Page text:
Hospital managers warn of possibly ‘crippling’ impact of strike

Industrial action by support staff would have significant impact on services, says HSE

Hospital managers are warning of the potentially ‘crippling’ impact of the strike on hospital services

Hospital managers are warning of the potentially ‘crippling’ impact of the strike on hospital services


A planned strike by hospital support staff on Thursday will have a significant impact on services, the Health Service Executive (HSE) has warned.

Hospital managers are also warning of the potentially “crippling” impact of the strike on hospital services.

“This could be much worse than the nurses’ strike. Doctors and nurses do their jobs, but the staff involved in this dispute do everything else,” one told The Irish Times.

“Without them, patients may not be moved or fed, beds may not be cleaned and security may not be provided. It’s potentially devastating.”

Contingency arrangements are being drawn up to minimise the impact on patients of the strike by 10,000 Siptu members, the HSE says, though no details of affected services were available on Tuesday evening. Patients will be contacted by their local hospital or healthcare facility if a scheduled procedure or service is going to be affected.

Efforts are continuing to try to avoid industrial action, and the HSE remains committed to early resolution of the issues involved, it says.

The State’s largest hospital, St James’s in Dublin, said “hospital-wide disruption” was expected, but advised patients to attend for scheduled appointments as planned, unless contacted by the hospital directly and advised otherwise.

Minister for Health Simon Harris called for all sides to use the industrial relations mechanisms of the State to avert the 24-hour strike action.

Mr Harris said he had urged management and the union Siptu to “double their efforts” in an effort to resolve the row over pay.

Labour expressed “full support” for the industrial action and claimed the Government had “rowed back” on commitments made to health support staff.

Speaking in the Dáil, Labour leader Brendan Howlin said it would be “an act of betrayal” for the State to go back on a commitment to pay health support staff following agreed job evaluations.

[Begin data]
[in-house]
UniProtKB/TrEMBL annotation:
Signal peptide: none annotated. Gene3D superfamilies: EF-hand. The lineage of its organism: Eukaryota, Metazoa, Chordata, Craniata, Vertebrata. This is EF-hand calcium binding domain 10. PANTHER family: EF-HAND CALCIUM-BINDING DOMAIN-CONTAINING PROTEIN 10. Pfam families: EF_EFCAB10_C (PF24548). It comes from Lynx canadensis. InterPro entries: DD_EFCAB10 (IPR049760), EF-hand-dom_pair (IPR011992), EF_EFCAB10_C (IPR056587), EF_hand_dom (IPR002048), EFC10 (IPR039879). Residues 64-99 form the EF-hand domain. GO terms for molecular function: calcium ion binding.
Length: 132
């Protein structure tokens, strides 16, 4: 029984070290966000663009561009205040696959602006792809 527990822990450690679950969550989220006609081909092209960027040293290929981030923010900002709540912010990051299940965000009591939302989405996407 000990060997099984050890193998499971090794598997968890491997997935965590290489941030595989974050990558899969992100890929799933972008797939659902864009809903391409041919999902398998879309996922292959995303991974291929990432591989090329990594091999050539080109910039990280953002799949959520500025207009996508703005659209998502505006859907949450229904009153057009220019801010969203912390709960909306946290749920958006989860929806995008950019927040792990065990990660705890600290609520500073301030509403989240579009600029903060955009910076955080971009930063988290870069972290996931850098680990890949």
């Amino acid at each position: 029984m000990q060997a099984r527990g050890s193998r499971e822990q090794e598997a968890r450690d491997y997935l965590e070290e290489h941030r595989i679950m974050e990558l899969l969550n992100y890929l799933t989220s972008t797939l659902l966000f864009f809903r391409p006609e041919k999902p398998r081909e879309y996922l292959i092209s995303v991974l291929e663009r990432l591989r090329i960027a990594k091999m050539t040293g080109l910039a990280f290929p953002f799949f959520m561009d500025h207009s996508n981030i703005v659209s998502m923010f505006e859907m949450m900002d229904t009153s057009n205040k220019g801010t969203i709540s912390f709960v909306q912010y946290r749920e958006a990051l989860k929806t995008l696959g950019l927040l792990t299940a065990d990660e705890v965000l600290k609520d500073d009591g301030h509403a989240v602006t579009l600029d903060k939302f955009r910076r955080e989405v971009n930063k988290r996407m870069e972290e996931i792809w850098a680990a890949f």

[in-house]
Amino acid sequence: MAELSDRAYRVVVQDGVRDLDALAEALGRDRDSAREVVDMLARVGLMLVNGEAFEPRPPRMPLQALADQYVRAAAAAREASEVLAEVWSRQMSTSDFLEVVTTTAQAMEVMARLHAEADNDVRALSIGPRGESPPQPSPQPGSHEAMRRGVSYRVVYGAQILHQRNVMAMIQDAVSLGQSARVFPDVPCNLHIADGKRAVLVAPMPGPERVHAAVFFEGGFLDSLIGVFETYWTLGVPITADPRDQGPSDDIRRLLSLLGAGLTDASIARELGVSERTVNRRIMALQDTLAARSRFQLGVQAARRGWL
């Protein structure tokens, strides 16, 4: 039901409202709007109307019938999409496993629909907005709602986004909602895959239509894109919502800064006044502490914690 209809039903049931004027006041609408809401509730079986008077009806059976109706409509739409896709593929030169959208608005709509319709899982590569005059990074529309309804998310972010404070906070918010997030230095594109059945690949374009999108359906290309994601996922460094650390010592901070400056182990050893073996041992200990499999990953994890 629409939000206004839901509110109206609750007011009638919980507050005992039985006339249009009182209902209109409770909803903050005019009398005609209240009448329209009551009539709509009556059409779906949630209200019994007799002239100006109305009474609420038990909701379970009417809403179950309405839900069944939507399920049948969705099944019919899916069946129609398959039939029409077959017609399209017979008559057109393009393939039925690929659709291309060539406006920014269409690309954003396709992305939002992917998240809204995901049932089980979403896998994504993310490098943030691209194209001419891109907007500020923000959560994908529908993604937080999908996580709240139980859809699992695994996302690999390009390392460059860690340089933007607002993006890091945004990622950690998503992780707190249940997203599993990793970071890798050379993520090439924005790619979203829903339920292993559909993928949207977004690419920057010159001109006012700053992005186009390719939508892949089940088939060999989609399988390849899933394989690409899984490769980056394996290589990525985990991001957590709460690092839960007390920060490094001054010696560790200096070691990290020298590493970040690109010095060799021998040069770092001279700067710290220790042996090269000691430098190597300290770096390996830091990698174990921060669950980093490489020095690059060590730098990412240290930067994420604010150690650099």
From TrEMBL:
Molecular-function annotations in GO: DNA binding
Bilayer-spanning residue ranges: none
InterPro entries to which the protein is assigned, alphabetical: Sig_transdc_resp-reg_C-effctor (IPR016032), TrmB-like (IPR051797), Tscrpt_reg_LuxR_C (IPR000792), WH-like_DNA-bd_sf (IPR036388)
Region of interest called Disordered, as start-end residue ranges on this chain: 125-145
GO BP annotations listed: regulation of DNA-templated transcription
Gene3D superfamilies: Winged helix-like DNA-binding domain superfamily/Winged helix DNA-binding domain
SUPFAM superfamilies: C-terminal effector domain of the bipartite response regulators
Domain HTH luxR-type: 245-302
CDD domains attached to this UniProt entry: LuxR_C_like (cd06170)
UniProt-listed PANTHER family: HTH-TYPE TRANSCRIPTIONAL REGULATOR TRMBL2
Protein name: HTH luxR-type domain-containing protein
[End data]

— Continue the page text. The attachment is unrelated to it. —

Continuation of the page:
Taoiseach Leo Varadkar said the strike could be avoided by referring the dispute to the Labour Court.

He told Mr Howlin it was his understanding that “the commitment was to consider the outcome but not to automatically implement it”.

Payment timeline

Mr Varadkar said the dispute centred on the timeline for the payments which would be worth €16 million a year to hospital porters, nursing aides, cleaners, laboratory aides, instrument and catering staff.

Talks between the HSE, Siptu, the Department of Health and the Department of Public Expenditure, held at the Workplace Relations Commission, ended on Monday evening without agreement.

The pay dispute follows a job-evaluation process that found the skill levels for HSE support staff had increased significantly in recent years, leading to union claims for pay rises.

Unions and management had previously met last Thursday, but failed to reach an agreement to avert a strike. The talks began again on Monday afternoon, and at 5pm sources inside the room said there had been “no movement” in the dispute.

Union officials have said that in line with the 2017 evaluation, members were entitled to pay rises of up to €3,000.

The action will involve Siptu members who provide portering, household and catering services, and those employed as healthcare assistants, maternity care assistants, laboratory aides, chefs and surgical instrument technicians.

Paul Bell, Siptu health division organiser, said union members would find it “extremely difficult” to agree to further national pay agreements, such as the Public Service Stability Agreement, unless their current agreement was honoured in full.

The nationwide strike will affect 38 hospitals, and is due to begin at 8am on Thursday.